Search Oftentimes Is Left to Chance

Adult content is frowned upon in search, whether in paid, organic or social. With the big algo updates from the past few years, Google has cleaned up search, trying to get rid of spammy and low-quality content. Unfortunately, adult often falls under the low-quality classification, due to lack of textual content, crawl issues, load times and poor SEO.

Having crawled more adult sites than I can count, there is one glaring issue for porn site, paid or free — SEO invariably seems to be left to chance. Many sites have negligible onsite-meta data, not to mention quality backlinks. At first it might seem like a losing battle, but doesn’t have to be. Let’s take a detailed look at SEO in adult, and see how it can be improved.

Search is getting more sophisticated with each algorithm update, so it’s best to include a healthy selection of long-tail keywords to ensure a solid and well-placed match.

The most prominent points are:

  1. Quality of page
  2. Crawl
  3. Keywords and search query match and onsite meta
  4. Content and text count
  5. Mobile
  6. Page load time

Quality of Page

We all remember the line “content is king” from a few years ago, and even though it’s annoying, it makes sense. Since then, if content is king, quality has become the queen. A page has to be of use to users, look good, be easy to navigate, and of course on-page engagement metrics have to be good too, which explains why tube sites rank so well. Google has access to metrics on average time on page, bounce rates, conversion rates … etc. and they will be a part of page authority score. On average, bounce rates shouldn’t be over 45 percent, but best metrics for organic visits should be closer to 20-25 percent. Session duration should optimally be close to three-to-five minutes, users need to stay long enough to be curios, but not too long that they lose interest in conversion. Similarly, pages per visit, unique page views and new-vs.-returning users are all important components of ranking algorithms.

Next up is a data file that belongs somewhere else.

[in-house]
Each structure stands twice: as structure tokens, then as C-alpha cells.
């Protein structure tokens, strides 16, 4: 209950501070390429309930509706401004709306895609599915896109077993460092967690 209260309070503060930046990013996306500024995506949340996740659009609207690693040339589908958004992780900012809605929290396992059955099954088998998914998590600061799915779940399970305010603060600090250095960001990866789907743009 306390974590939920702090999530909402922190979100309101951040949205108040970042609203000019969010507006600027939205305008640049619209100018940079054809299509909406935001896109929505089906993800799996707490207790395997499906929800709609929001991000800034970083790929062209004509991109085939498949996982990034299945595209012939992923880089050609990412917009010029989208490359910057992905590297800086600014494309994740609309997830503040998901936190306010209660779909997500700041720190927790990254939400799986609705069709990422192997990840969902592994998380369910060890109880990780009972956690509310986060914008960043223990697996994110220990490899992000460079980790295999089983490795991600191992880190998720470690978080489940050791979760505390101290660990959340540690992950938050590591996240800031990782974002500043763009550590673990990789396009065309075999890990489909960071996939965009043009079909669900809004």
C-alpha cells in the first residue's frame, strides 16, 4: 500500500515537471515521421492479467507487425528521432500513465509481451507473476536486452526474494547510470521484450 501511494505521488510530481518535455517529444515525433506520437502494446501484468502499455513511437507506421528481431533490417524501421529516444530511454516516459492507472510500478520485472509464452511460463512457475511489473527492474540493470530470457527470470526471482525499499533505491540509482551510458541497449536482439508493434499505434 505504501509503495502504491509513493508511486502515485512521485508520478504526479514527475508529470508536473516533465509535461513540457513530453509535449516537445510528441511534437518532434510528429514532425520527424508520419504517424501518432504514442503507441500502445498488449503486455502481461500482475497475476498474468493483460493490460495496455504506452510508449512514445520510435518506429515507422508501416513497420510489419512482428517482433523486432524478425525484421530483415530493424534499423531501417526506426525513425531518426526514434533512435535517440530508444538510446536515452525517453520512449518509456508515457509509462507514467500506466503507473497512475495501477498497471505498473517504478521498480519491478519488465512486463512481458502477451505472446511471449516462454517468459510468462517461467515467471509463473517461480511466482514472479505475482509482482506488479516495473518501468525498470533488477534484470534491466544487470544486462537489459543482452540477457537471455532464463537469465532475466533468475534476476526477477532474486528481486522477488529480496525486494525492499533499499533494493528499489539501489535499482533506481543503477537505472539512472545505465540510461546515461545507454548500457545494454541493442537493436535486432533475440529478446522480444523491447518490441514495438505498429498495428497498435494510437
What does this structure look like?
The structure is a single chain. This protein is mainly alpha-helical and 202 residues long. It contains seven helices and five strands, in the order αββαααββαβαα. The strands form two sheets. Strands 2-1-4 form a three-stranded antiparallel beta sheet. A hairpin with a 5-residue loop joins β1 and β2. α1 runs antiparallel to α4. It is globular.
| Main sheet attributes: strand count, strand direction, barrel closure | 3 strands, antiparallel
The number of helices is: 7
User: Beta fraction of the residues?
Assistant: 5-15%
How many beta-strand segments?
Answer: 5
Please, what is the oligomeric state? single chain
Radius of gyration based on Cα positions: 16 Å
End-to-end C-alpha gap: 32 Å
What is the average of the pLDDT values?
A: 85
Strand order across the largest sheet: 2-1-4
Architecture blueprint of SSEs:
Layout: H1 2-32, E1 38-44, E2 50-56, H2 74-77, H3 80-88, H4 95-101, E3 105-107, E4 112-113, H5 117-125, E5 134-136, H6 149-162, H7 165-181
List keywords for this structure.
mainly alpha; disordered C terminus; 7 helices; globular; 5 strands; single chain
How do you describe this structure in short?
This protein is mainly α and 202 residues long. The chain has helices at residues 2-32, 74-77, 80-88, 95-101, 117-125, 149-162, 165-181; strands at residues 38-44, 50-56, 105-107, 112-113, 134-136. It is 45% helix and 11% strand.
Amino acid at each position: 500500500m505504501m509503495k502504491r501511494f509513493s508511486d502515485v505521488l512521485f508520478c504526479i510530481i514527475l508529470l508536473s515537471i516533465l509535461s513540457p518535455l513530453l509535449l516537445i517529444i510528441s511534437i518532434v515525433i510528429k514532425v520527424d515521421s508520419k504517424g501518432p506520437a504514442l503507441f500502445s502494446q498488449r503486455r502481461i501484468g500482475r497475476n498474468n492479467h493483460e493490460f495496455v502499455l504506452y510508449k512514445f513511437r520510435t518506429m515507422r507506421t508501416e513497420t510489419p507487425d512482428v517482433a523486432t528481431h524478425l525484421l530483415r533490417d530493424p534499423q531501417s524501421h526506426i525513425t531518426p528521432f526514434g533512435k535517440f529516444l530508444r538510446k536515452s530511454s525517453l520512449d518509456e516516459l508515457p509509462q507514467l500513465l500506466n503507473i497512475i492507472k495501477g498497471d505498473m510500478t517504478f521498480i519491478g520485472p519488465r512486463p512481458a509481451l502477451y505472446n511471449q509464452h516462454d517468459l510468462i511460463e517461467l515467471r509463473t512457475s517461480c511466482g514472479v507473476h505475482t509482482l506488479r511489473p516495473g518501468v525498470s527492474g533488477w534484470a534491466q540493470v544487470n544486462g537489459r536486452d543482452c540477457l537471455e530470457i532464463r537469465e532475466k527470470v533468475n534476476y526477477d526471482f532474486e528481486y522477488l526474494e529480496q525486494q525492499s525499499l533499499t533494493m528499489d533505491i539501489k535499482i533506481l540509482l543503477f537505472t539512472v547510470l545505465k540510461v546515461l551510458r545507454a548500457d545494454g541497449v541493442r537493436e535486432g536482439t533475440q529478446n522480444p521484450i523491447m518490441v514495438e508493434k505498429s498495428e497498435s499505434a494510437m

Is the site easily accessible for search bots? It might be the most obvious part, but it is also the one most often neglected. Messy URL structures are rampant in the industry, with videos, series, categories, filtering, legacy pages… etc.

Furthermore, when frontend developers are working on landing page updates, it is best practice to noindex a page to restrict crawling while it’s under construction, but with the stress of redesign, product launch, database set up and whatnots, it is sometimes forgotten to uncheck the noindex box and open the site to indexing.

There are a number of tools to keep an eye on the URL structure — Screaming Frog ( or Google’s Webmaster tools, and most of the SEM tools will also track crawl status, such as MOZ or SemRush Take the time for a full crawl at least once every six months or so to get a better idea on the back-end status and directives of websites.

XML sitemaps are for bots only; they are like a prioritized roadmap to facilitate indexing. Many sites have sitemaps that are half a decade old, but more often sitemaps are missing entirely. They are simple to create with a reliable tool, which can be uploaded to Google’s cache. If a site is especially large it is possible to select the highest value or most visited pages (pulled from WBMT or GA) to create a XML sitemap in list mode. Most tools will allow the selection or deselection of images, canonicalized pages, pagination, in order to determine the complexity of the sitemap. As long as the top pages are included in the sitemap, a simple Fetch and Render will be sufficient to optimize crawl rates.

Keywords and Search Query Match and Onsite Meta-Data

Onsite SEO is so often neglected — on average, roughly 98 percent of all meta data is either missing or duplicate on porn sites — that when SEO is set up properly, SERP position will show improvement very soon. So what exactly goes into onsite meta? Keywords, titles, meta-descriptions, subheaders and text.